Trump Is No Teddy Roosevelt to America’s Outdoorsmen

Like other environmentalists, hunters and anglers are angry about the administration’s attacks on public lands—and they’re not afraid to use their outside voices.

November 03, 2017

John Muir and Theodore Roosevelt on horseback, Yosemite Valley

California Historical Society/Flickr

Quiz time! Without looking it up on your smartphone, rank the following three industry sectors in order of their overall contribution to U.S. consumer spending:

  1. Gasoline/fuel
  2. Pharmaceuticals
  3. Outdoor recreation

If the list looks right to you as is . . . well, you’ve got it exactly backwards. (You’re not alone; I got it wrong too.) The $887 billion outdoor recreation industry accounts for more consumer spending than the pharmaceutical and gasoline/fuel sectors combined. It’s really, really big, in other words, right behind the financial services and insurance sector. Its various components—from fishing-tackle companies to tour guides to boatbuilders to outfitters and everything in between—employ 7.6 million people and provide more than $65 billion annually in federal tax revenue.

And since “outdoors enthusiast” is such a catchall term, covering everyone from hunters and fishermen to backpackers and scuba divers, the group is as politically and geographically diverse as it is large. The tens of millions of Americans who fit under the banner live in all parts of the country and subscribe to all types of political philosophies. In truth, they may have very little in common with one another, save for two things: They revere nature, and they value lands (and waters) that are pristine, protected, and public.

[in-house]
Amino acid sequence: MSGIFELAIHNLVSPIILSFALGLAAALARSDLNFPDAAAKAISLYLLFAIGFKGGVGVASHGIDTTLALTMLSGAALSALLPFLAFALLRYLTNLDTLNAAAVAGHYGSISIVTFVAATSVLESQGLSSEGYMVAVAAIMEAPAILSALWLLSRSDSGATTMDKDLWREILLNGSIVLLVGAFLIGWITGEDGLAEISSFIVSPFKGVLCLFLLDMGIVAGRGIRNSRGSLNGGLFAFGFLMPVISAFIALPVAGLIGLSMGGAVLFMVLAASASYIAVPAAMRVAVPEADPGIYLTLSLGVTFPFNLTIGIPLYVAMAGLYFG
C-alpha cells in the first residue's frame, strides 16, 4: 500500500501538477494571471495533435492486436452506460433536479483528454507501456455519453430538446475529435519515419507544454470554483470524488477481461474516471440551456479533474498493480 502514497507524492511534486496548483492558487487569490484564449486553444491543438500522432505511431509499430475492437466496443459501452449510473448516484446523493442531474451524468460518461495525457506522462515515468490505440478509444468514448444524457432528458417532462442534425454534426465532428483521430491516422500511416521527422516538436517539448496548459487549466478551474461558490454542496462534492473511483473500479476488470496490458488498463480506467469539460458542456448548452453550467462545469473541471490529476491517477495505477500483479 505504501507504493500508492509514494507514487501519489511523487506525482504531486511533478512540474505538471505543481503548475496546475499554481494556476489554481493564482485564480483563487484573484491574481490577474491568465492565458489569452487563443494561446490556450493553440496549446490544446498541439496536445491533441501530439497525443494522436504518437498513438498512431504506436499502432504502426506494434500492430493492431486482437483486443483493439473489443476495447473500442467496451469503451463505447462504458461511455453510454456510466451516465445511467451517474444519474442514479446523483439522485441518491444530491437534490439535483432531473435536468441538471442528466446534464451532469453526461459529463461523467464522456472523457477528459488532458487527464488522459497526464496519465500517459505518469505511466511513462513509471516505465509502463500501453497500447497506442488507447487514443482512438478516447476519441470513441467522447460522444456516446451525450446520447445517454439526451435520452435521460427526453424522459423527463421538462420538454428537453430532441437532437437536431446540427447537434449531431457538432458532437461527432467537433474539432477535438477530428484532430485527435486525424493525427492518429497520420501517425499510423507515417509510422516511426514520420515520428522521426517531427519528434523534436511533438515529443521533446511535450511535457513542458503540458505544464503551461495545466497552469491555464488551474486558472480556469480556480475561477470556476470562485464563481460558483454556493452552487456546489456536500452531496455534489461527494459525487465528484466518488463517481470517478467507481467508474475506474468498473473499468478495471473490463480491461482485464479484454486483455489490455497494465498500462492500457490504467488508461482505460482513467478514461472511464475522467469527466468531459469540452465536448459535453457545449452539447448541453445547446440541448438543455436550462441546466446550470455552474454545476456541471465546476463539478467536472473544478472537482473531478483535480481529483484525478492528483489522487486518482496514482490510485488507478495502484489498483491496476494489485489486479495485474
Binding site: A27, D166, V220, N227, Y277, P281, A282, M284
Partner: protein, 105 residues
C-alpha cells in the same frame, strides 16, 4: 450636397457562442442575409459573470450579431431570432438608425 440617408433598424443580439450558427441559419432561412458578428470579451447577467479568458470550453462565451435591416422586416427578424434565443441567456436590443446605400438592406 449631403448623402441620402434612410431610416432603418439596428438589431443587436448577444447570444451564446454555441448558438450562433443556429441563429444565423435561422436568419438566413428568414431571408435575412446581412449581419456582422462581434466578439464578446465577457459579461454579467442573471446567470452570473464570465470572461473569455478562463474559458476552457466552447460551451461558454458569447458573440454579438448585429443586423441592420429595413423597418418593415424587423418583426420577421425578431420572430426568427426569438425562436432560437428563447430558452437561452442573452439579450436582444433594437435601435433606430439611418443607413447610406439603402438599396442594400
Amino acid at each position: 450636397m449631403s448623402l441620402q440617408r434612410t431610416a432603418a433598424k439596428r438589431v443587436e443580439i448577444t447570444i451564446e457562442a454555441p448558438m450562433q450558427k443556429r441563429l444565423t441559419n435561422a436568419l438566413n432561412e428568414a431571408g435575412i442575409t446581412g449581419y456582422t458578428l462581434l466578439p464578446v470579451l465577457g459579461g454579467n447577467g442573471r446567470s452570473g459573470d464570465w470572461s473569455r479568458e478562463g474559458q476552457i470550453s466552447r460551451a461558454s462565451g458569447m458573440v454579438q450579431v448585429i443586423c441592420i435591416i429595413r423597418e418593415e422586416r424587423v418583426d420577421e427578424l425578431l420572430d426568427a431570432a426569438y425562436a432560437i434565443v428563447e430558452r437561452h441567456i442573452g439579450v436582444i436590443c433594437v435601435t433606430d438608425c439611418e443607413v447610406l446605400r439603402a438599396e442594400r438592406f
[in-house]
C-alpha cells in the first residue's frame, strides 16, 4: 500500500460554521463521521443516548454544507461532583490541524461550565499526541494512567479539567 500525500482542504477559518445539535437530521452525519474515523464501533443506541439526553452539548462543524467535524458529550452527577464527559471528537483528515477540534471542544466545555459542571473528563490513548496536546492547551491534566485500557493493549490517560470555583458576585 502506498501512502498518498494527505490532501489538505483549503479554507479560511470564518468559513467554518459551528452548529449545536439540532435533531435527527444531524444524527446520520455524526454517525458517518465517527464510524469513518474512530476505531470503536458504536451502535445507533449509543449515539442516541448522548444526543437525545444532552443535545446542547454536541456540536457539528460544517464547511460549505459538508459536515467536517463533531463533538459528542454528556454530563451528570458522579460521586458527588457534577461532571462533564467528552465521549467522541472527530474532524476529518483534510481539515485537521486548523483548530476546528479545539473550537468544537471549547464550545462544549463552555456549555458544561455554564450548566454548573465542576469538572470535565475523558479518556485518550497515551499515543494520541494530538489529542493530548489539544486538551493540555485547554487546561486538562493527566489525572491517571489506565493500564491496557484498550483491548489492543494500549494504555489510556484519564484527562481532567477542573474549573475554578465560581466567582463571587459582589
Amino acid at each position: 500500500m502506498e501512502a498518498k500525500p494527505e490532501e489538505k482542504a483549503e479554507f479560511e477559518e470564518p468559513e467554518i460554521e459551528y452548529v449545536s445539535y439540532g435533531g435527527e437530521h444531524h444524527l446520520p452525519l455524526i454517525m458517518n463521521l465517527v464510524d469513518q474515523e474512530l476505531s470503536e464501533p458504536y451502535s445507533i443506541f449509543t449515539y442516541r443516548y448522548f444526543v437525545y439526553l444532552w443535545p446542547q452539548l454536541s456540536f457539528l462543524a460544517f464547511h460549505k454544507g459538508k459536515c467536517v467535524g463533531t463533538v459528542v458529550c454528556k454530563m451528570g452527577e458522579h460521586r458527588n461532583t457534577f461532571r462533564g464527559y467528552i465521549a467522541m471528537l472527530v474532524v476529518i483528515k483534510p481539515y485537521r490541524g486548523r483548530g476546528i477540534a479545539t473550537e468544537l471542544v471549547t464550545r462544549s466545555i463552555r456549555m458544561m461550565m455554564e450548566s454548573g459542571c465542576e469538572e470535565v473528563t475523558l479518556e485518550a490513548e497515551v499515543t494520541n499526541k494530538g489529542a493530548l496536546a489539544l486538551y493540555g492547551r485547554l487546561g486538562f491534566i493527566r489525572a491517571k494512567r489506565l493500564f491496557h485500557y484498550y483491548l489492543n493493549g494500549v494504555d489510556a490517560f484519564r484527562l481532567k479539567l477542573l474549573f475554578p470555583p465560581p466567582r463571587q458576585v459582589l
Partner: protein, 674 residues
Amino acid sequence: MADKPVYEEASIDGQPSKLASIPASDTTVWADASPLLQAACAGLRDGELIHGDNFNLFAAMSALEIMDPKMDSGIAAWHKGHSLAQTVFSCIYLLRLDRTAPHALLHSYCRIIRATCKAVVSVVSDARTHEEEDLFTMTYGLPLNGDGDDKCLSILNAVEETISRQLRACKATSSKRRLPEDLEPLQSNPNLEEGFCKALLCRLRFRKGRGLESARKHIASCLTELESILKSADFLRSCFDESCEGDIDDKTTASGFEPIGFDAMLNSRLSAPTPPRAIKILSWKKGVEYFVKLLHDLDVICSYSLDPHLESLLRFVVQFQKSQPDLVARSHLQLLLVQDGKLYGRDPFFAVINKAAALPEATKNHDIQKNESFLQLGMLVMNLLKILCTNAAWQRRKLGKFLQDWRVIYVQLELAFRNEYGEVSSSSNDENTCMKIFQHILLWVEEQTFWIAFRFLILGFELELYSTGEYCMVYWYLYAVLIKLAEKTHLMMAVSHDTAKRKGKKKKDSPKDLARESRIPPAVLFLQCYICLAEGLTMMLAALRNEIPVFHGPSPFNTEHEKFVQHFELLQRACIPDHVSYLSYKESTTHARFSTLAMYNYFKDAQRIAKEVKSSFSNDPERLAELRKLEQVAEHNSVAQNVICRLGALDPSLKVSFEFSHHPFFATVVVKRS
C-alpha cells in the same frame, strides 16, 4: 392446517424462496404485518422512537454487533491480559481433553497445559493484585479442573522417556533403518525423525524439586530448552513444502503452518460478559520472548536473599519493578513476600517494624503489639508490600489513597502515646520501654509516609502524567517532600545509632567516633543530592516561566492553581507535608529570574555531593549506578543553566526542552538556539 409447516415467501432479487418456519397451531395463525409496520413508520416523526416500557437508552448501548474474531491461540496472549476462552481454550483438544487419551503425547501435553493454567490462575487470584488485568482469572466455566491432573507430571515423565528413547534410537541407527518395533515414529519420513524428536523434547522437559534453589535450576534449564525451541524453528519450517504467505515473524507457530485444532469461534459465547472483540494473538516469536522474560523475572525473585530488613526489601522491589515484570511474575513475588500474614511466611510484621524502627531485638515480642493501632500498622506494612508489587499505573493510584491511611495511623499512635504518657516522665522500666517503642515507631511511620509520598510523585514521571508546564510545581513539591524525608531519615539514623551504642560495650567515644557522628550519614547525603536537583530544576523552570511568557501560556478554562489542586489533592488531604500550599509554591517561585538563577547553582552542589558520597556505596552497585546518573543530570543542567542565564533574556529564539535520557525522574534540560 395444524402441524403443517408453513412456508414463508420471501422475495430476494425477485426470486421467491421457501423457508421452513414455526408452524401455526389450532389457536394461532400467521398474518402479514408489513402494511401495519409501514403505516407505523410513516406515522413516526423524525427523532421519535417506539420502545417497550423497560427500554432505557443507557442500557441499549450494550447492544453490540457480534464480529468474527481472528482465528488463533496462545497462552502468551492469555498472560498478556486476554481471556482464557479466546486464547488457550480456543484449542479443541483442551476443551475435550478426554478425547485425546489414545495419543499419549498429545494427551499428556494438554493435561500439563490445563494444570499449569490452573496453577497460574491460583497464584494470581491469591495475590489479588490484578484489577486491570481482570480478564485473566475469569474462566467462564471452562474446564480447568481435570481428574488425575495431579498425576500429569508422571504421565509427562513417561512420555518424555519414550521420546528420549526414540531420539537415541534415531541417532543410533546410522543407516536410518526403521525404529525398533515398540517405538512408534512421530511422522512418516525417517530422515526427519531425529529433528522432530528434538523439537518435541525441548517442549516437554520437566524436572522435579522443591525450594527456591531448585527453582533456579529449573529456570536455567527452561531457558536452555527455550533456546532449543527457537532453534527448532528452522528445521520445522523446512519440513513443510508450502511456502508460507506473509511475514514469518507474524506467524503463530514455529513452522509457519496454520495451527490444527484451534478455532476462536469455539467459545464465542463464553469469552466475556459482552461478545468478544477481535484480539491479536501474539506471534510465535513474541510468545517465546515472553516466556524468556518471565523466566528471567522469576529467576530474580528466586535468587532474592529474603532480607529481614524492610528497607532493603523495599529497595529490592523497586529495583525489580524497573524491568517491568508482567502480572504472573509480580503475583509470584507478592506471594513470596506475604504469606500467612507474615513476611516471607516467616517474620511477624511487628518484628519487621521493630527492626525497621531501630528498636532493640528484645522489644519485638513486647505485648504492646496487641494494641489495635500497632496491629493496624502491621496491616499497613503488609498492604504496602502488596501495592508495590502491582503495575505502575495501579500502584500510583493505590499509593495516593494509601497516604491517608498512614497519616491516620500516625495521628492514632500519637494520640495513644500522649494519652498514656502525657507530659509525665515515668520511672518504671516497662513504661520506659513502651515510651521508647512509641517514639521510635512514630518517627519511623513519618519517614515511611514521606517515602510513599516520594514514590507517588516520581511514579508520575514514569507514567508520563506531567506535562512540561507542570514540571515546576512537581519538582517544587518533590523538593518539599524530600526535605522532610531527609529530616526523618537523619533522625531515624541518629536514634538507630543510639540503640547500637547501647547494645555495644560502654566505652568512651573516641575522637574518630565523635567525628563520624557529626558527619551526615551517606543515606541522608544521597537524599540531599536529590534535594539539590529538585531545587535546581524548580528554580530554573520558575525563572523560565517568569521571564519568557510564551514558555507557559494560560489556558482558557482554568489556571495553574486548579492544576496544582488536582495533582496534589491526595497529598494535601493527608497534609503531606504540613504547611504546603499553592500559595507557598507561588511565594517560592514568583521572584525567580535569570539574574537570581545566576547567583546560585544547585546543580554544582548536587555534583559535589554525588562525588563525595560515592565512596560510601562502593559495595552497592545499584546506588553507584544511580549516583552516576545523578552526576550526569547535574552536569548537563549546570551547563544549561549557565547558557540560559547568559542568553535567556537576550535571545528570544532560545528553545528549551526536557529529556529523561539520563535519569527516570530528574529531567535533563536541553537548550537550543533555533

Right now, a lot of these people are angry and worried. President Trump and his secretary of the interior, Ryan Zinke, already plan to shrink and exploit some national monuments. Though their actions will be vigorously challenged in court, the Trump administration is counting on political cover provided by states and congressional representatives who are salivating at the prospect of gaining control of these protected lands and selling them off, parcel by parcel, to the highest bidders.

The Theodore Roosevelt Conservation Partnership is especially concerned. Founded in 2002, the partnership comprises nearly 60 groups that run the gamut from conservative to liberal—“from Ducks Unlimited to the AFL-CIO,” says Whit Fosburgh, the president and CEO. By his estimation, “we probably have the ability to reach about 20 million individuals” who passionately share his organization’s goal of “guaranteeing all Americans quality places to hunt and fish.”

Why are they angry? “We don’t believe that presidents have the authority to go back and monkey around with [the designations of] past ones, other than by making the most minor management changes,” says Fosburgh. He worries, with good reason, that the states can’t afford to manage these lands. “Every single western state was given land when it entered the nation, and these states were free to choose what they would do with it,” he says. “As of today, about half of that land has been sold off. So it’s not a hypothetical question. It’s happened. It’s been happening for a hundred years. And it will continue to happen.”